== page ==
As an introduction to the photos presentation that will follow shortly, just very briefly, this is how we remember An, our very dear son.
An was born in the Philippines in October 1976 and is the middle of our three sons. As a toddler, An was very cute, active, playful, and very inquisitive. During his pre-school days, An used to ask a lot of "whys" and often followed-up his story with intelligent questions.
For all his years in life, An was a constant source of joy, happiness, and inspiration for all of us in the family. We all loved him very much and I believe that no word can ever be sufficient to express our feeling for An.
An consistently excelled in schools at all levels. In elementary and high school years, An participated in various individual and team contests and won several awards for his alma mater. In college, An received a number of Dean's awards for academic excellence; and at the age of 20, An completed his B.S. degree, with Highest Honors, from Rutgers University in NJ.
I could still recall that when An was just about 7 years old, he started having some hands-on programming fun on our personal computer. And. eventually computer programming became his professional career for more than 11 years with Computer Associates Inc..
An always loved to be independent. He worked part-time to fund his college education to relieve some burdens on us while we were still adjusting to the new life in the US. And when there was an opportunity to transfer to CA's Sarasota office, An did not hesitate to volunteer so he could explore the world away from us.
Among An's interests and favorites, we remember that An loved warm climate. He was always fascinated with beaches. An liked yellow and blue colors and adored the pet dogs: Lido and Mukhi. Photography became a passion in the last two years of An's life. An also enjoyed travels and had always wanted to pursue graduate studies. As recent as last December, while on a hospital bed, An completed the final exams for courses in the two graduate programs that he enrolled last term and received straight A's in those courses. An's other interests were cooking, singing karaoke, and watching basketball games.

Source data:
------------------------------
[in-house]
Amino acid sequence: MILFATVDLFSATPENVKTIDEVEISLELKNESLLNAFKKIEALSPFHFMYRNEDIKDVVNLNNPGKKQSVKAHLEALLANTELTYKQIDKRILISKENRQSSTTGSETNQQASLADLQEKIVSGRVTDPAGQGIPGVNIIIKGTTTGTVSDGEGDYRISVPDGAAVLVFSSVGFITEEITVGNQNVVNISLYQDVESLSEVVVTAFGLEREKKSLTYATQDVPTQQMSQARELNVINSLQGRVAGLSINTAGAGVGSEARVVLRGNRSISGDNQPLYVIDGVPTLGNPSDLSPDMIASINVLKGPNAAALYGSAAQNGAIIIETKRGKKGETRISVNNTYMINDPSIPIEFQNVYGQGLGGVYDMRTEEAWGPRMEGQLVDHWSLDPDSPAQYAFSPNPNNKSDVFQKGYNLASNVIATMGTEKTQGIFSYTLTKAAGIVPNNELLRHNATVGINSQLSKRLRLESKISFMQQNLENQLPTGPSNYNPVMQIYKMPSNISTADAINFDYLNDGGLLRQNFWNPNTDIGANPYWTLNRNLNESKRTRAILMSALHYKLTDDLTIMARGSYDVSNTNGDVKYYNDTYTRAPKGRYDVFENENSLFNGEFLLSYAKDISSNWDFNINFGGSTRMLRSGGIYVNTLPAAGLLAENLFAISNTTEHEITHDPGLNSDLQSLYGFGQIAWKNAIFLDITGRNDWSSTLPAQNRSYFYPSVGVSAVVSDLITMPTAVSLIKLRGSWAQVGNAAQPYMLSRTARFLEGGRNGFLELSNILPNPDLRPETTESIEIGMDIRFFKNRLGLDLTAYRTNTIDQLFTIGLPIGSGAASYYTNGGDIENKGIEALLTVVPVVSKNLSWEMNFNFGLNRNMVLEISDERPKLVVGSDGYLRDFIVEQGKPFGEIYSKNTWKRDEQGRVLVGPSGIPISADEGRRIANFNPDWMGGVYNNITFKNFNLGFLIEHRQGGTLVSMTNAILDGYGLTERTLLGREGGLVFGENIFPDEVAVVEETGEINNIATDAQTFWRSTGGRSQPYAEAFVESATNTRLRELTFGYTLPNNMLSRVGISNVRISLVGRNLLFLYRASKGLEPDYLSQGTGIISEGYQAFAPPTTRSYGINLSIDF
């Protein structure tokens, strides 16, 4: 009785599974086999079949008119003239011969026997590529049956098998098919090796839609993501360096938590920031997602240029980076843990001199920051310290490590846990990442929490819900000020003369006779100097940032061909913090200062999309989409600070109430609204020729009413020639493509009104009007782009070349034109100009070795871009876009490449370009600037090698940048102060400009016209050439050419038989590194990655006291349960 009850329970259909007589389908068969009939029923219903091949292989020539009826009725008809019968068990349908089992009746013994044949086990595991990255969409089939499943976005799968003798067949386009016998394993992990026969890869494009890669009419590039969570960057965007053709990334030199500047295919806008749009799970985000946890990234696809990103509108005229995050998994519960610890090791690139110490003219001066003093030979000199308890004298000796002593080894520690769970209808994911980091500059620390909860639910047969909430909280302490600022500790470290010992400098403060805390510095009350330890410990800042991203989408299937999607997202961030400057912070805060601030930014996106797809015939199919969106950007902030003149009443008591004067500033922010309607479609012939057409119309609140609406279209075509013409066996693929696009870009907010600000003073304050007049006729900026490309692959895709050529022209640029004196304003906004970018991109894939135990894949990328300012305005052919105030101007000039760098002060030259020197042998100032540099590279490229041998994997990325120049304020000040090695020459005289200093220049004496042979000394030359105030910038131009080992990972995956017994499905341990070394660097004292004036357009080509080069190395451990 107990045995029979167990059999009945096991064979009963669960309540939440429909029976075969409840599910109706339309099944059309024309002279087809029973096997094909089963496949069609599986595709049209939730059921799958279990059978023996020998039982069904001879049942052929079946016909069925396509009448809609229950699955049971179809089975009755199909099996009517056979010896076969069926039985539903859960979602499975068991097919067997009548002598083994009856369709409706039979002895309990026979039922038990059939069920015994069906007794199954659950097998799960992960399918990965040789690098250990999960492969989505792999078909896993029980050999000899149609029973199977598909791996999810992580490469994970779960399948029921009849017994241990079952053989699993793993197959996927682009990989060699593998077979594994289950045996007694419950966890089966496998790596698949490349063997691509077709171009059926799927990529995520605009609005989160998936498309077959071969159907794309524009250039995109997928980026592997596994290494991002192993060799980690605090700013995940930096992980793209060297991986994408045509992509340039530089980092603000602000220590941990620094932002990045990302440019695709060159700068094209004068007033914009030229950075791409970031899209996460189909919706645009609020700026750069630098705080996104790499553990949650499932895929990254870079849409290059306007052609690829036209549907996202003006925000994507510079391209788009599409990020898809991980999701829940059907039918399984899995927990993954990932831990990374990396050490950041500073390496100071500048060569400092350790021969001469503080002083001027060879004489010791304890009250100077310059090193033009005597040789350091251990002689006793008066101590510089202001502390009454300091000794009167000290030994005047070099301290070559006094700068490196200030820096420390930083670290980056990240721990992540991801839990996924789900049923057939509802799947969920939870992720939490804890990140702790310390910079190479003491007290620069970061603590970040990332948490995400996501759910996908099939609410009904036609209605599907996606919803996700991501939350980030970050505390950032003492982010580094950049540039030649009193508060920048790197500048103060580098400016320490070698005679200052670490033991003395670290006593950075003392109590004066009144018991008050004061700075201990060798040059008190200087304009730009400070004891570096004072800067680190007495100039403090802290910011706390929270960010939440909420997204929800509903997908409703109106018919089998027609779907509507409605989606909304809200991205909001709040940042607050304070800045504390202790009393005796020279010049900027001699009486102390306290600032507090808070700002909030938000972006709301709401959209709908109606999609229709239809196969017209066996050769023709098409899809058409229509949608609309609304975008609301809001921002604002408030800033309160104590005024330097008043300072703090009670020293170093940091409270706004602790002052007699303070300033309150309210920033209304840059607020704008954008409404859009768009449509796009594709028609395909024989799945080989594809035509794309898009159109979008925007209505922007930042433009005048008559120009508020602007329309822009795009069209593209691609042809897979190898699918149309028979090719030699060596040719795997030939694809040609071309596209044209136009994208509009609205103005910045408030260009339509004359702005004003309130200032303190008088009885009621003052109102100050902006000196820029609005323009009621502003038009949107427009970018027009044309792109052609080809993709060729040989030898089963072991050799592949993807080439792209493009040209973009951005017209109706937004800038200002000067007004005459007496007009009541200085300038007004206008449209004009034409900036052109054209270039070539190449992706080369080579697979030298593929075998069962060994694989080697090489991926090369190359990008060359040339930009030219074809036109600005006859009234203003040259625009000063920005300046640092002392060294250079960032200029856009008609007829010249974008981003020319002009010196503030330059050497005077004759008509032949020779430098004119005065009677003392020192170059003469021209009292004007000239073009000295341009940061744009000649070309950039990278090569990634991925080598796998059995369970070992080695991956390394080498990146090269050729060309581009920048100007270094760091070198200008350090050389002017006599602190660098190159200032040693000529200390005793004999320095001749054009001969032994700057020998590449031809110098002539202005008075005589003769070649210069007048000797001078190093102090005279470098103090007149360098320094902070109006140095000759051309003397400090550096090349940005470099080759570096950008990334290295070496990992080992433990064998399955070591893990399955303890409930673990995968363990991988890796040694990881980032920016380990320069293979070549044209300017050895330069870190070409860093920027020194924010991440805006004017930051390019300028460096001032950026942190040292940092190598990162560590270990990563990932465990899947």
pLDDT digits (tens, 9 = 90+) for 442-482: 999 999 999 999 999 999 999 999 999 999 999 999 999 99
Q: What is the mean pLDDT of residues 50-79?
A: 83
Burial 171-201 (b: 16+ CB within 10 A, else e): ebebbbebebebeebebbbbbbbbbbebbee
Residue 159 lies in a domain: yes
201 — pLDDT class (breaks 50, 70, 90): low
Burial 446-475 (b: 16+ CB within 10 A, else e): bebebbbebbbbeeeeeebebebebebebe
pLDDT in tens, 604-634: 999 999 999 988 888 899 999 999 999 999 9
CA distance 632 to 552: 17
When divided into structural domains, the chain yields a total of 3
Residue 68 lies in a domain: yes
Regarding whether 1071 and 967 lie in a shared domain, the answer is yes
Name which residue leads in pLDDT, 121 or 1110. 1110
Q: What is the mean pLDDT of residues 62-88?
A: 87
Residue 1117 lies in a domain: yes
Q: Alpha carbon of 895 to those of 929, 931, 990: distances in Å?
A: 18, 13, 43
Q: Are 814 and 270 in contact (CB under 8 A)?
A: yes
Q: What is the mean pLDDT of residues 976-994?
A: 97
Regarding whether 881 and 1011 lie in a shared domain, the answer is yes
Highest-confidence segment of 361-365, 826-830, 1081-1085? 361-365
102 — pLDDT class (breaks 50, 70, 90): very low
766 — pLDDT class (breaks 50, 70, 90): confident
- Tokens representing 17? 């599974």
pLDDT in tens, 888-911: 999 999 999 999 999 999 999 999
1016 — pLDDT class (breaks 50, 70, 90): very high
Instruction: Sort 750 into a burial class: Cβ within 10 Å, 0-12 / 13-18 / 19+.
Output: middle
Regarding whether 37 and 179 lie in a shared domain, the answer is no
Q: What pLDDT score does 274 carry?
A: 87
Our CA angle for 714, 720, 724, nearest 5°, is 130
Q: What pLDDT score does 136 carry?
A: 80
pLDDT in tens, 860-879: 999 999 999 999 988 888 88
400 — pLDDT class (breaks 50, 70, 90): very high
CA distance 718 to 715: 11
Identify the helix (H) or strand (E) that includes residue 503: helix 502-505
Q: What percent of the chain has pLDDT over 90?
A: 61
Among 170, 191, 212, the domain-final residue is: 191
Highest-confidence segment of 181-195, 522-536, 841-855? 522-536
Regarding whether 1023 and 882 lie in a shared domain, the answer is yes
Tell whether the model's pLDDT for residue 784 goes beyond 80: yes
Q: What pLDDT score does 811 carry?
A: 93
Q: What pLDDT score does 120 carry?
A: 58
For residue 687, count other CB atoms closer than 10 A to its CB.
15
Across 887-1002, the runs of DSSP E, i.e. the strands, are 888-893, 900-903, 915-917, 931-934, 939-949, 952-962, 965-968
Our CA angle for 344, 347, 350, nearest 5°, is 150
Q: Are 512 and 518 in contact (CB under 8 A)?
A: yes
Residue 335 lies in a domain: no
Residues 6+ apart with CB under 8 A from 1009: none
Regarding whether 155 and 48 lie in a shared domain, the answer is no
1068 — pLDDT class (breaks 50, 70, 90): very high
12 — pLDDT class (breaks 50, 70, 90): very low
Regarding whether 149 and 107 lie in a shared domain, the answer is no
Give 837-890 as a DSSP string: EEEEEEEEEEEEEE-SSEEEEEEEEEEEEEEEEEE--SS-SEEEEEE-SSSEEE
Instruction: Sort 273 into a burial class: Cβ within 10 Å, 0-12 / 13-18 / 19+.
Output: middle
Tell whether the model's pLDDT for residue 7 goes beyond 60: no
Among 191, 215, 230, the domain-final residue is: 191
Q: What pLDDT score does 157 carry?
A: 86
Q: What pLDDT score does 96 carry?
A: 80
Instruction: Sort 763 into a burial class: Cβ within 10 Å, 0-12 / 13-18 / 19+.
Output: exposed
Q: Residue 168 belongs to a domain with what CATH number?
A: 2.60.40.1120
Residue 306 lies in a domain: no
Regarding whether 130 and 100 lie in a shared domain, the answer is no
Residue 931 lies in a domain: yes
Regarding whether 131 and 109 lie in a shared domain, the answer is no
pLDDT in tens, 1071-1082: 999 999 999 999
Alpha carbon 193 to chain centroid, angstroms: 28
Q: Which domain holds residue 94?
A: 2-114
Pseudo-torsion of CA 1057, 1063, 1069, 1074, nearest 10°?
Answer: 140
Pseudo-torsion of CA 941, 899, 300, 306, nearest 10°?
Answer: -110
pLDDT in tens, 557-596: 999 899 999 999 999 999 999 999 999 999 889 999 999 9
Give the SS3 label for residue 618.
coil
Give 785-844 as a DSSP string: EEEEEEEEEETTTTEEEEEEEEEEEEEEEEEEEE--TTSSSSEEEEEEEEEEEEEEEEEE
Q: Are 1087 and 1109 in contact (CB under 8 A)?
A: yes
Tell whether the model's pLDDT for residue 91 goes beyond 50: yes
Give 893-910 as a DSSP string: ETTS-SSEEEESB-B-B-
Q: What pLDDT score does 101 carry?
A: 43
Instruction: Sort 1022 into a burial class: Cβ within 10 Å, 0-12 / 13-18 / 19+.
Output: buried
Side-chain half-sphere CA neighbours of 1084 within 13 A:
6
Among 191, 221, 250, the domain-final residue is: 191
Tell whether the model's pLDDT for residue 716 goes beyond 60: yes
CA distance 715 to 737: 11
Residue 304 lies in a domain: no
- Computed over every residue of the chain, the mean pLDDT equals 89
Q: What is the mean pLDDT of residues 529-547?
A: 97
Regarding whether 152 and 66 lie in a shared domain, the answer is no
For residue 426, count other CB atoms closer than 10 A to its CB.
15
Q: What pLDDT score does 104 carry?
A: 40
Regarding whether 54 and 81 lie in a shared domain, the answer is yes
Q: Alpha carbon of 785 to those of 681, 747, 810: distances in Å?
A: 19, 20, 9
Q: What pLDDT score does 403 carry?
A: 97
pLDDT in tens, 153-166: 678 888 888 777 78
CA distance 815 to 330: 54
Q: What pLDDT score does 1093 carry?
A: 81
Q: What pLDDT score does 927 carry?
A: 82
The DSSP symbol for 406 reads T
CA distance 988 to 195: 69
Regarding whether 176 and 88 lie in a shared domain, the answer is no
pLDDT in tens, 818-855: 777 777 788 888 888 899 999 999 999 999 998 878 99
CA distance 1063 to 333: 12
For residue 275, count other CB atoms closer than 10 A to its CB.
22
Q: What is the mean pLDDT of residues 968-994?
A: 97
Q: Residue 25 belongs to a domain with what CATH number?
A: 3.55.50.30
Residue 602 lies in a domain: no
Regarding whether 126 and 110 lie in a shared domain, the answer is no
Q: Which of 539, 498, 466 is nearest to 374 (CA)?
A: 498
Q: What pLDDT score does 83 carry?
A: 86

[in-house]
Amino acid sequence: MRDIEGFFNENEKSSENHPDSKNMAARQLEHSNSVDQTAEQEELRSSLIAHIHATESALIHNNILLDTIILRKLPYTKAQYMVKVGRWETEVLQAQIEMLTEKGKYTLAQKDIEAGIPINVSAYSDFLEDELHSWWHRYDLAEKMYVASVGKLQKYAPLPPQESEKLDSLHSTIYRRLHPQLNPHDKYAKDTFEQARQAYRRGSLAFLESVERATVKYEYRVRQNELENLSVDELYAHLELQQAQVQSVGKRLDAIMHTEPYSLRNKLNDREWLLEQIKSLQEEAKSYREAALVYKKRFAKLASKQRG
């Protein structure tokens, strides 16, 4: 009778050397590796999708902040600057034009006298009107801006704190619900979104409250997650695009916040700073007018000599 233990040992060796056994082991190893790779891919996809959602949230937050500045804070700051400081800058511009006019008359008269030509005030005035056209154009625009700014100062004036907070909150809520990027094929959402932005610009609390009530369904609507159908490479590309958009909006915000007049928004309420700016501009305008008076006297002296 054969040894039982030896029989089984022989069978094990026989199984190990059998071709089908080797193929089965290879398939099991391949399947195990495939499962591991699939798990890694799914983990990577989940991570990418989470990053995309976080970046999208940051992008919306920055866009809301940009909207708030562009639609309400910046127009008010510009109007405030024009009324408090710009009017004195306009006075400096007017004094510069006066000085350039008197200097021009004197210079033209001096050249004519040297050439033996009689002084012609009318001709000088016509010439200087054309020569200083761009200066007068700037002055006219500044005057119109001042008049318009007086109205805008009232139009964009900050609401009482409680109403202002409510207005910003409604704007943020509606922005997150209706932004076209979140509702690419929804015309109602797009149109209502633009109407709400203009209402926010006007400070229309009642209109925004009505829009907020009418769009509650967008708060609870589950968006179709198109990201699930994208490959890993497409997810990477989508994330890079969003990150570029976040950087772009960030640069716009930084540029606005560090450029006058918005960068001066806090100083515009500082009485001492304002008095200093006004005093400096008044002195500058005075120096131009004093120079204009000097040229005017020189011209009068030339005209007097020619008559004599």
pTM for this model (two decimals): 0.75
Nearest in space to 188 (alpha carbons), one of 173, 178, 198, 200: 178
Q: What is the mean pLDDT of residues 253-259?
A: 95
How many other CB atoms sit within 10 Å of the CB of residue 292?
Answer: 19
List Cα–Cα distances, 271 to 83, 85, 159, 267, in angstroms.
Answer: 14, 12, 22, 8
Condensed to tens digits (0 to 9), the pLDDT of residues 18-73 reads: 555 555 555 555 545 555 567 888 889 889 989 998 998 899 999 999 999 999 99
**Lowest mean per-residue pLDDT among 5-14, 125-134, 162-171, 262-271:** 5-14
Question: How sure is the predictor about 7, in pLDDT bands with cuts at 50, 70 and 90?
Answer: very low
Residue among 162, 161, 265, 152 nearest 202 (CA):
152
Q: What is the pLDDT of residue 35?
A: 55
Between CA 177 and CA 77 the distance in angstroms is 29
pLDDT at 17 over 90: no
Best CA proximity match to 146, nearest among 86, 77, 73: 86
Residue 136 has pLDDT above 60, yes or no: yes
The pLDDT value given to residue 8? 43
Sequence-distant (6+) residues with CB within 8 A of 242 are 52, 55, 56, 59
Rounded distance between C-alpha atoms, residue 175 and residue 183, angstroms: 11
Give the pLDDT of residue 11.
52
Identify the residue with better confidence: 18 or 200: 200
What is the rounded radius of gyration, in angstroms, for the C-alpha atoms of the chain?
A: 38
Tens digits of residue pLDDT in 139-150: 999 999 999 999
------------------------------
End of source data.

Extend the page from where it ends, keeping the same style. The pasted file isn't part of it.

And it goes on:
At 29, An got married to Christina, whom he had known and loved dearly for about six years.
Just a few days before An passed away, I felt as if there were two persons in me:
-- one person in me wanted to tell him: An, at 31, you are so young we want to see you around as long as we live so please continue to fight against all the odds.
-- the other person in me wanted to say: An, you have already suffered too much, you can go now, we are praying for your comfort and peace.
Although we are all deeply saddened, somehow in a way, we feel relieved that An does not have to suffer anymore and our son is now resting in peace, forever.
I am sure all of us shall remember An as a talented person with cheerful personality and always appeared with a smiling face.
An, I know you have gone fishing somewhere, but I do believe that you are hearing what I wanted to say: "You will always be missed, as you were loved, greatly, greatly, ... by all of us: parents and brothers. Good bye An."